Who will use AO2021 as a stepping stone?

  • Gillian Tan

A strong showing during the Australian summer of tennis has long proven a springboard for success during the remainder of the season, which spans the calendar year.

As players prepare to jet across the globe with stops in Paris, London, New York – home of the three other Grand Slams – and dozens of other cities, including Tokyo for the Olympics, here are four women and four men who can utilise momentum gained in Melbourne to make an impact in 2021.

Aryna Sabalenka

The powerful Belarusian blasted her way to the last 16 for the first time in Melbourne. It’s only the second time she has reached the fourth round at a major since the US Open in 2018, and the 22-year-old, already at a career-high ranking of no.7, will seek to break higher ground as the year rolls on.

Sabalenka has bolstered her confidence after taking a set off Serena Williams, a player who inspired her. The right-hander began approaching majors like any other tournament and, with a more carefree mentality to ease the pressure, it's something she’ll seek to replicate going forward.

She won her second women’s doubles major title with Elise Mertens on Friday, but might need to pause her doubles efforts at Grand Slams to focus on singles.

Jessica Pegula

The unheralded American was ranked no.61 entering AO 2021 - her ninth Grand Slam main draw – and made a surprising run to the quarterfinals. En route, she toppled two-time champion Victoria Azarenka, 2011 US Open winner Sam Stosur and former world no.10 Kiki Mladenovic in straight sets.

With her victory over fifth seed Elina Svitolina, Pegula scored her career-first top 10 win and then also snatched a set in her quarterfinal clash with finalist Jennifer Brady. The key to success, according to her coach David Witt, is a newfound self-belief.

The 26 year-old echoed the sentiment: “I think the big takeaway is that I've proved that I have the level to play with the top players now, which is such a stepping stone. I just proved that I'm sustaining that level right now ... that's something I have to take moving forward.”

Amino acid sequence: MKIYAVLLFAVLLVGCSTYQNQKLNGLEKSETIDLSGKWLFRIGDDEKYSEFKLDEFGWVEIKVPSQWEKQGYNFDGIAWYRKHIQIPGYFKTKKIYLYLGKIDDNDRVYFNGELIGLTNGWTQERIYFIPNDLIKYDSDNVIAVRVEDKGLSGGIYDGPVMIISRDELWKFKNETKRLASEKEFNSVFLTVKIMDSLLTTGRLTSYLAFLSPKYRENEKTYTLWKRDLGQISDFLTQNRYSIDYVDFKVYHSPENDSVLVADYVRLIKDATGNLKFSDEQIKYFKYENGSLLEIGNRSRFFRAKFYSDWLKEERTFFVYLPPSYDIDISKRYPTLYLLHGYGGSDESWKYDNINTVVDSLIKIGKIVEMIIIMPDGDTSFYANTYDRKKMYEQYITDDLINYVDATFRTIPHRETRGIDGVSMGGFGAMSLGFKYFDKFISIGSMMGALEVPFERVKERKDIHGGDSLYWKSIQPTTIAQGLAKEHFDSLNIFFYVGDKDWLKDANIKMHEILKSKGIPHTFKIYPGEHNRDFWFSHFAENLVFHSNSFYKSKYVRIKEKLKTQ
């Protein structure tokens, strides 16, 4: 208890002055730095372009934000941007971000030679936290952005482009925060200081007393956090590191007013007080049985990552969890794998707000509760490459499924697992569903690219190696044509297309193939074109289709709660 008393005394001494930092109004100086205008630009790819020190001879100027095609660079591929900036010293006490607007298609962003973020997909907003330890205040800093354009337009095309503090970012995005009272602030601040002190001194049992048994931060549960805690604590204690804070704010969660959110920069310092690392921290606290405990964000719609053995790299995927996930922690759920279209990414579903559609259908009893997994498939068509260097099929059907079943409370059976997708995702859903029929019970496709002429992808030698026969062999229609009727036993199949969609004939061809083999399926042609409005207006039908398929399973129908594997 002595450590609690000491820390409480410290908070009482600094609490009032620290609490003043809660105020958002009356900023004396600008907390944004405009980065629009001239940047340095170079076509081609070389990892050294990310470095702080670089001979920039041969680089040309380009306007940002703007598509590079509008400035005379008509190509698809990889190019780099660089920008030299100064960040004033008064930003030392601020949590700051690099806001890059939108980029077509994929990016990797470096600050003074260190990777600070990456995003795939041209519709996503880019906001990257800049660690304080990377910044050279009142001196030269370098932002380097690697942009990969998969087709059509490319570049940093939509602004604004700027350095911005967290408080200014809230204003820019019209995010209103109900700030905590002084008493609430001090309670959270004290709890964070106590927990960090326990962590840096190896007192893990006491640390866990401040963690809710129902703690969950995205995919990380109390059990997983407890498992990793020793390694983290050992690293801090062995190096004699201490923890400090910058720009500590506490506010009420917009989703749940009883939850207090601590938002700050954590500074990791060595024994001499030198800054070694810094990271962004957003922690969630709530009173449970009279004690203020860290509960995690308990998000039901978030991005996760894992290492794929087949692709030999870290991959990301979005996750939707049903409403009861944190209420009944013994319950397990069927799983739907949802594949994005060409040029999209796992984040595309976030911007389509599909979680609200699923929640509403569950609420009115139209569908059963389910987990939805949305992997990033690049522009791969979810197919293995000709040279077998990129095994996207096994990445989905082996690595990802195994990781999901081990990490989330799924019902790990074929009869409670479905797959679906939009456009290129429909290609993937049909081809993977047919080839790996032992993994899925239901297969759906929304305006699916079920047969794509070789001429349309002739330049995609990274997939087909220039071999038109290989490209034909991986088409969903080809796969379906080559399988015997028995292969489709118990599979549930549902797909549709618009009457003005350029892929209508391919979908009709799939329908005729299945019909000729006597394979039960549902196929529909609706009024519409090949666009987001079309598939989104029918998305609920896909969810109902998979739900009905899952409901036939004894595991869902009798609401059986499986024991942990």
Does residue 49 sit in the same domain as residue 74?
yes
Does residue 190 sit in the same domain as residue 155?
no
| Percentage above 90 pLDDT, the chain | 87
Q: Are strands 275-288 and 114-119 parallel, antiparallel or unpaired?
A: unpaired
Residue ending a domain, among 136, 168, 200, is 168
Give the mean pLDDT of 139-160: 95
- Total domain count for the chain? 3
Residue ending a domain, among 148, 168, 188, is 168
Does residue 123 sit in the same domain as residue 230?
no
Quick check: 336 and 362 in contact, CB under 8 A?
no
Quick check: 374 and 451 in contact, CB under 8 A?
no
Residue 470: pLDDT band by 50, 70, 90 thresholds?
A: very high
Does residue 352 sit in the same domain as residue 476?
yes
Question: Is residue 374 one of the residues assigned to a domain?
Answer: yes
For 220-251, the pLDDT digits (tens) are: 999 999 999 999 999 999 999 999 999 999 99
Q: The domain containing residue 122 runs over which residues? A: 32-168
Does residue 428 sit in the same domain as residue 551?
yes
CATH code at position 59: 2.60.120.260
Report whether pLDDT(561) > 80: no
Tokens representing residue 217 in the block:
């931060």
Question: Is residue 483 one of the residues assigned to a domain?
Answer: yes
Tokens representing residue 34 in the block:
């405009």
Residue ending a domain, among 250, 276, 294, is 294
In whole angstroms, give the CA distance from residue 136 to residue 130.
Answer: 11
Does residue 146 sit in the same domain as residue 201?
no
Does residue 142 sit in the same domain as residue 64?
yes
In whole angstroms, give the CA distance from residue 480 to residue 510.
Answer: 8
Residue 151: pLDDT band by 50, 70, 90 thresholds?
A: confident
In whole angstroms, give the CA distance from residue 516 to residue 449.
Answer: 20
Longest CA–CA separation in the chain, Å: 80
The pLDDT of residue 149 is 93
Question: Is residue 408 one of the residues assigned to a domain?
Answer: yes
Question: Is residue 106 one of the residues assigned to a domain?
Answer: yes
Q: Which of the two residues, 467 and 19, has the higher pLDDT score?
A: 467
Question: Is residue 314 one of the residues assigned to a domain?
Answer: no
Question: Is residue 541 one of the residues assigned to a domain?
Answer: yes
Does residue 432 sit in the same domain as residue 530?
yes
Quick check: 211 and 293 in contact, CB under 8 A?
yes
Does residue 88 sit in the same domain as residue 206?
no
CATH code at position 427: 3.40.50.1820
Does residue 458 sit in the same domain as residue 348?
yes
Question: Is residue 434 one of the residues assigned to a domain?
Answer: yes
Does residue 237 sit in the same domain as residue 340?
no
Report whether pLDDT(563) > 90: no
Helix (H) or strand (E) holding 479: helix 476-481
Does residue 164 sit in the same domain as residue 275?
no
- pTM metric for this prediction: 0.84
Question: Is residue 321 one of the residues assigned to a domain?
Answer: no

Karolina Muchova

The affable Czech achieved her goal of reaching a career-first Grand Slam semifinal in Melbourne, and if what we’ve seen is a sign of what’s to come, it won’t be her last.

Muchova, seeded 25th, claimed the scalps of sixth seed Karolina Pliskova and 18th seed Elise Mertens in straight sets before ousting world no.1 Ash Barty in a memorable three-set comeback. The hard-hitting right hander then nearly pulled off similar heroics against Brady, saving four match points, before the American wrestled away a place in the women’s singles final.

The 24-year-old was able to produce stellar results even with her coach absent from Melbourne due to COVID-19. Her Australian Open victories gave her an understanding that she’s able to hang tough with top players, and she’ll eye ways to improve, including potentially more aggressive starts.

F_MUCHOVA_Day 11_18022021_04
Karolina Muchova showed plenty of fight to upset Ash Barty

Garbine Muguruza

Despite failing to convert two match points against eventual champion Osaka in their fourth-round encounter, the two-time Grand Slam champion departed Melbourne upbeat.

“I left the court with a good feeling, a very good feeling of this tournament in general,” said Muguruza after the loss. “I think I’m on the right path. I’m disappointed right now but excited also how I'm feeling on the court, how my tennis is going,” she added.

The Spaniard was buoyed by a run to the finals of the Yarra Valley Classic the week before, when she didn’t lose more than two games per set in wins over accomplished players including Anastasia Pavlyuchenkova, Sofia Kenin and Marketa Vondrousova. With Conchita Martinez as her coach, it shouldn’t be a surprise to see the 27-year-old former Roland Garros and Wimbledon champion playing herself deep into the second weeks of majors to hunt down a third Grand Slam title.

Garbine Muguruza held match points against Naomi Osaka